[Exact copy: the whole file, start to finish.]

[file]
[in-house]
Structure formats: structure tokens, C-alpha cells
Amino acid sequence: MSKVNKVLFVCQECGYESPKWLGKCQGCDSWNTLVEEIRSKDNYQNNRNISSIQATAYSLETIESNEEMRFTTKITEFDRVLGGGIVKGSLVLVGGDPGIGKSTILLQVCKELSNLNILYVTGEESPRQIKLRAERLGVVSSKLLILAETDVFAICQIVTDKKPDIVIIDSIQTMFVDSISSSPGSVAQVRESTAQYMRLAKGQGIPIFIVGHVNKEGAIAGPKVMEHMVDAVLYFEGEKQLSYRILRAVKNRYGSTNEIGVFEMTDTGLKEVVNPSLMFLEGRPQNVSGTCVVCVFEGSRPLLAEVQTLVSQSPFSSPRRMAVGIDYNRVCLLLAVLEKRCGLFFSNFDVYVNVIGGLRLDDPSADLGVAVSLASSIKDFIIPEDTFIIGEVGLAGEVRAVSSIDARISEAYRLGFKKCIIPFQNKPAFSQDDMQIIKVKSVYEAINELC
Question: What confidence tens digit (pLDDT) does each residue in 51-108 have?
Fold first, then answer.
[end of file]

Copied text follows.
[in-house]
Structure formats: structure tokens, C-alpha cells
Amino acid sequence: MSKVNKVLFVCQECGYESPKWLGKCQGCDSWNTLVEEIRSKDNYQNNRNISSIQATAYSLETIESNEEMRFTTKITEFDRVLGGGIVKGSLVLVGGDPGIGKSTILLQVCKELSNLNILYVTGEESPRQIKLRAERLGVVSSKLLILAETDVFAICQIVTDKKPDIVIIDSIQTMFVDSISSSPGSVAQVRESTAQYMRLAKGQGIPIFIVGHVNKEGAIAGPKVMEHMVDAVLYFEGEKQLSYRILRAVKNRYGSTNEIGVFEMTDTGLKEVVNPSLMFLEGRPQNVSGTCVVCVFEGSRPLLAEVQTLVSQSPFSSPRRMAVGIDYNRVCLLLAVLEKRCGLFFSNFDVYVNVIGGLRLDDPSADLGVAVSLASSIKDFIIPEDTFIIGEVGLAGEVRAVSSIDARISEAYRLGFKKCIIPFQNKPAFSQDDMQIIKVKSVYEAINELC
Question: What confidence tens digit (pLDDT) does each residue in 51-108 have?
Fold first, then answer.